We’re happy to share Kurt Manwaring’s interview with Robert Millet. Millet is a well known professor of ancient scripture at BYU. He was Dean of Religious Education there and is the author of numerous well regarded books including the Doctrinal Commentary on the Book of Mormon along with Joseph Fielding McConkie. He was part of the move in the 1990’s to emphasize the rhetoric of grace theologically in the Church.
The full interview is available at Kurt’s site. I should add I was able to spend a fair bit of time with his family in Louisiana when I was on my mission. His brother was a fantastic blues musician. Here are a few of my favorite excerpts from the interview.
Most important for me [at BYU], however, was my discovery of the Pauline epistles, and particularly Paul’s letters to the Romans and Galatians. Brother Matthews guided us toward a deeper appreciation for the effects of the Fall of Adam and Eve. He especially emphasized Paul’s message that salvation, meaning eternal life, is the greatest of all the gifts of God; that one does not earn but rather receives a gift; that men and women’s works of righteousness are a necessary but insufficient condition for salvation; and that the ever-present debate on whether we are saved by grace or by works is foolish, shortsighted, and distracting.
Perhaps more important, for the students and for me, was the fact that we focused a great deal on Romans and Galatians, specifically on justification by faith and salvation by grace. It was new stuff to them, but the Spirit that accompanied our learning experience seemed to persuade them that although they did not yet grasp everything Paul had written, they sensed deep down in their soul that what we were discussing was true and worthy of their serious attention.
In summary, I came to BYU with a changed heart and a strong desire to emphasize Jesus Christ, His infinite Atonement, and the power of His mercy and grace. My hope is that at least some of my students caught the vision.
Millet was key in setting up an interfaith dialog with Evangelicals starting in 2000 that has continued since every six months. Speaking of this Millet noted the problems.
The journey, while intellectually stretching and spiritually stirring, has not proceeded without some resistance or opposition.
My Evangelical friends have taken most of the hits (especially Richard Mouw), but I have also been accused by a few Latter-day Saints of being guilty of “compromising the faith,” assuming I suppose, that there is no way that this kind of a deep relationship could exist unless we have compromised something.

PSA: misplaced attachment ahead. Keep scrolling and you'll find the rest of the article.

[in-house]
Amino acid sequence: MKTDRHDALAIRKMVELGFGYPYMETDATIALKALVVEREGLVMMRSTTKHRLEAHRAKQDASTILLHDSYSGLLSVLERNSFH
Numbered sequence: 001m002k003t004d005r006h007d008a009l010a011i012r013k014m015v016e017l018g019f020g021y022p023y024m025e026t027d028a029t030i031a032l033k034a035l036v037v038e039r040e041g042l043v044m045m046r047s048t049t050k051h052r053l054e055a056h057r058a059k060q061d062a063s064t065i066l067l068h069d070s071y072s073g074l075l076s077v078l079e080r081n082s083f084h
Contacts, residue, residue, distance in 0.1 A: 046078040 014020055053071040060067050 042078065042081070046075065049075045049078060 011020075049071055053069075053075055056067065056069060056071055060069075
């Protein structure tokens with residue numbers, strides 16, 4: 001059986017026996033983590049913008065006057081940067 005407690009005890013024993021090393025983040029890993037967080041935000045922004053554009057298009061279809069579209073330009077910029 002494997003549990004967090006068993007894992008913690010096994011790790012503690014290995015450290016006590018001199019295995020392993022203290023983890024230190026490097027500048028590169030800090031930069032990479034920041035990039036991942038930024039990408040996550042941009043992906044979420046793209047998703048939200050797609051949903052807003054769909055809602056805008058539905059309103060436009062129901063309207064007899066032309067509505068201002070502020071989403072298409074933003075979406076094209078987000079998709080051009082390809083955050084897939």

Such critics, high and low, are dead wrong. We agreed at the very start of this larger dialogue that no person should be a part of this exercise who was not deeply committed to and convinced of his or her respective faith. Never once have I or any of my Latter-day Saint dialogists (yes, that is a word) given the slightest indication to our friends that we are anything but faithfully solid, mainline members of The Church of Jesus Christ of Latter-day Saints. We have read and studied and discussed and wrestled respectfully and cordially with our friends of other faiths in our investigation of what could be called saving doctrines, but they’re still Evangelical and we are still proponents and defenders of the restored gospel.
Interestingly while Millet along with others such as Stephen Robinson are noted for raising the topic of grace he attributes this move to Bruce R. McConkie.
I believe Elder Bruce R. McConkie’s last address, “The Purifying Power of Gethsemane,” delivered at the April 1985 general conference, was the beginning of that blessed trend. I am persuaded that it is one of those very few public addresses that literally “rocked the Church,” meaning, it so impacted those who then heard or saw the address, as well as millions who have since heard or read it, that we as a people will never be the same.
I sincerely believe it was the beginning of a divinely-planned movement that would make of the Latter-day Saints more deeply devout Christians. It is of interest to me that an Evangelical historian, John Turner, in his fascinating book, The Mormon Jesus: A Biography (Harvard University Press, 2016), begins his last chapter with a consideration of the significance of Elder Bruce R. McConkie’s last general conference address. He too believes it was a formative moment in Latter-day Saint history, one that has propelled the followers of Joseph Smith to a higher reverence for and commitment to the Lord Jesus Christ.
As regular readers know, I find the topic of grace very intriguing and have discussed it here many times. It’s also interesting in how it gets twisted at times into things like cheap grace or into a “grace of the gaps” penal theory where we have to do a certain level of work that’s insufficient and made up by the atonement. Both these two extremes are deeply problematic but keep popping up. I think Millet’s own writings have been deeply important for understanding grace. It’s constantly surprising to me how few people know of him.